Fortunately for us, this game started earlier because it was a long one, even though it only went 9 innings. The Cubs saw nearly 200 pitches, which is a lot. The game went on for more than four hours, which I can see how it might drive away casual fans, but at best there are only five games left in the season so I'll take as much as I can get. It's even better that the Cubs won.

Even though the Cubs were comfortably ahead for most of the game, I found myself struggling to actually enjoy it. I'm more of a nervous fan who always worries about the worst. The Cubs' Jake Arietta had a no-hitter through five innings but I kept looking at his pitch count and was worried that he'd walked a few batters. With the Cubs up 5-1 in the eighth, Cleveland got two baserunners on and even though a home run still wouldn't have tied the game, I was terrified of a potential comeback.

This is a weird feeling to have for a team that is something like 71-4 when leading by four runs at any point in the game, but I get nervous that the worst could happen. It's not always a fun way to watch a game, which may be why I enjoy comeback victories more. I don't have to worry about the potential loss and can instead hope and dream on a comeback victory.

One of the Cubs writers I follow on Twitter said he's trying not to let the pressure exceed the pleasure of the playoffs and World Series. I can say that, after two games, I'm not succeeding at that.

But there's another game Friday night, so I get another chance to enjoy the game. Here's hoping it works.

Wednesday, October 26, 2016

Reflections on Game 1

My wife said I should do a quick blog post the day after each World Series game to kind of recap my feelings since there's no documentary crew following me around as the Cubs go for their first championship since 1908. So here we go on Game 1.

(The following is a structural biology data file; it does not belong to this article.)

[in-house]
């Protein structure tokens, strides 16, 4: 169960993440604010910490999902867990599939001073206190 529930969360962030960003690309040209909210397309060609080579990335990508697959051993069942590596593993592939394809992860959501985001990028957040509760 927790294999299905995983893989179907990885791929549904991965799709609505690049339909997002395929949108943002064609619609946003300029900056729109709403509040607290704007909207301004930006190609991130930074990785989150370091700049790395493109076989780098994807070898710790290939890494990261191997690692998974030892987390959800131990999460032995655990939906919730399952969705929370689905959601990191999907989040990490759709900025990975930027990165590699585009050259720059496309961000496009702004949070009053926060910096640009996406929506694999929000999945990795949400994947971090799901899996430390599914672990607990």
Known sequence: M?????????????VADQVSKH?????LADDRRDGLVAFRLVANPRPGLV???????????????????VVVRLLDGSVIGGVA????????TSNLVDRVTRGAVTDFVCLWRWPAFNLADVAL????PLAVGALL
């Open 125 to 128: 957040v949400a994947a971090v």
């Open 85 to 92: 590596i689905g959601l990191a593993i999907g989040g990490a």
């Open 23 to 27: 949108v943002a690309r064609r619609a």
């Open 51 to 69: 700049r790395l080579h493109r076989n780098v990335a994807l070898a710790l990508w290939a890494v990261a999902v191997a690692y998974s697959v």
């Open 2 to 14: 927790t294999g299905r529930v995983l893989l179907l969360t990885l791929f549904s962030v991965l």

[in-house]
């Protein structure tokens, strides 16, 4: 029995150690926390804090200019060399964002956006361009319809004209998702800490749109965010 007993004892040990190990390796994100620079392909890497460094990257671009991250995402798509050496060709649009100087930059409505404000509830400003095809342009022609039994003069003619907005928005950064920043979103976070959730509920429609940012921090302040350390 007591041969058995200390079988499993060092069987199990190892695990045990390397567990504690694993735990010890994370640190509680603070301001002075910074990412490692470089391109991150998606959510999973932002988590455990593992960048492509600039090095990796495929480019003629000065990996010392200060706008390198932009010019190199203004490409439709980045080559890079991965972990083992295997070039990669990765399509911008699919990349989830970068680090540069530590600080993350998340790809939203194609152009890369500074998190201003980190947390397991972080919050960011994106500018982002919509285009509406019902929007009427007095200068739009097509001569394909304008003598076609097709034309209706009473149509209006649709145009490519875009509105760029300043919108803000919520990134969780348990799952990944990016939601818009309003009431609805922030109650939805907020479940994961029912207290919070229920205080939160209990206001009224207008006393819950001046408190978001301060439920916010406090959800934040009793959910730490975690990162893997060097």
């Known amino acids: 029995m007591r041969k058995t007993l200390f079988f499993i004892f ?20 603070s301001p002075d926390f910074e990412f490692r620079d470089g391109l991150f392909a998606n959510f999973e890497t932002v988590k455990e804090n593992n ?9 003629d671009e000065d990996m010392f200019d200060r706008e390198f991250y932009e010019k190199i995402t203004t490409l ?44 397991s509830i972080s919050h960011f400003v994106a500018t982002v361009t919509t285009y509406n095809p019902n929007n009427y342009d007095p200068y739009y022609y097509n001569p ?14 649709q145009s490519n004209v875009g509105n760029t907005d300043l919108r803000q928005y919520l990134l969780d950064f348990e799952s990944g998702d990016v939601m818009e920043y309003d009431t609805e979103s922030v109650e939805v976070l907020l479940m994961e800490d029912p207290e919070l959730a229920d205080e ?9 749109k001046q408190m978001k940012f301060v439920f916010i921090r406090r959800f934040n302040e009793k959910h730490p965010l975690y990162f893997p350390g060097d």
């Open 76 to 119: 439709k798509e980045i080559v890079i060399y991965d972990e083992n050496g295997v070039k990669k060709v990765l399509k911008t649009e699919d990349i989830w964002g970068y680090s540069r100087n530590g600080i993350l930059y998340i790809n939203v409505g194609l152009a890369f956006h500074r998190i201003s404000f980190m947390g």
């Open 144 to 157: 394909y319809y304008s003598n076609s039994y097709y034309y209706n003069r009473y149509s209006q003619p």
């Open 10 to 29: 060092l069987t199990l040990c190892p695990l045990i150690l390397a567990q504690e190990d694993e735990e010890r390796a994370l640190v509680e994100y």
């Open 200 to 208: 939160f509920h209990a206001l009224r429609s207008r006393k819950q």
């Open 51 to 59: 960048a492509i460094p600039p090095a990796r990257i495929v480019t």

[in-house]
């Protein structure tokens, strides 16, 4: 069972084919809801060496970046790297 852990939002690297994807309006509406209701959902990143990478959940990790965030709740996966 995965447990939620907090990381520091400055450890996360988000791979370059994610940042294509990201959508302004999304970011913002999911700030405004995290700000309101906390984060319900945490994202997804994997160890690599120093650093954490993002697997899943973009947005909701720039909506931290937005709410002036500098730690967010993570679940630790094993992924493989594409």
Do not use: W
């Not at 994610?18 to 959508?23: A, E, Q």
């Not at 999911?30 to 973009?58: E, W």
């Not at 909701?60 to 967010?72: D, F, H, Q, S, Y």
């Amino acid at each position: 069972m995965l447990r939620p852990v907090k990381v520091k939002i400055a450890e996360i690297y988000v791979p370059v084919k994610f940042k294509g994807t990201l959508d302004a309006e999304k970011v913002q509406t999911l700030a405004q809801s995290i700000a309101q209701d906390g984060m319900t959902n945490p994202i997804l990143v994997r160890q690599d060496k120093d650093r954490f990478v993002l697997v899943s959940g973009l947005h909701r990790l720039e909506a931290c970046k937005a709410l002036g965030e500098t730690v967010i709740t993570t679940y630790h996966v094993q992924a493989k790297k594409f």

My thoughts on Game 1: ¯\_(ツ)_/¯

Corey Kluber pitched like the former Cy Young award winner he is, getting strike outs for eight of the first nine outs, the first pitcher to do so in World Series history. He was dominant. The Cubs seemed to execute their game plan of being patient and working deep counts, as they've done all year, but last night, it didn't really matter. Kluber was just that good.

Cubs pitcher Jon Lester gave up three runs in 5.2 innings, but he wasn't sharp. There were lots of baserunners (six hits, three walks and a hit-by-pitch) so to "only" give up three runs was really a fortunate break for Chicago.

Cleveland Catcher Roberto Perez, he of the three home runs total during the regular season, hit two home runs last night, including a three-run shot in the 8th that effective put an end to any chance of a Cubs comeback.

Chicago's best chance came in the 7th, when they loaded the bases with no outs, but a shallow fly out and two strikeouts to end the rally.

But that's all game recap stuff you can read anywhere. Sure, the Cubs lost and that's disappointing, but I got to see a Cubs World Series game on television, something no one on the planet had ever done before last night. There are only two teams left playing and the team I grew up cheering for is one of them. But as a football coach once told me after his team suffered a loss, "hey, the other team practices too."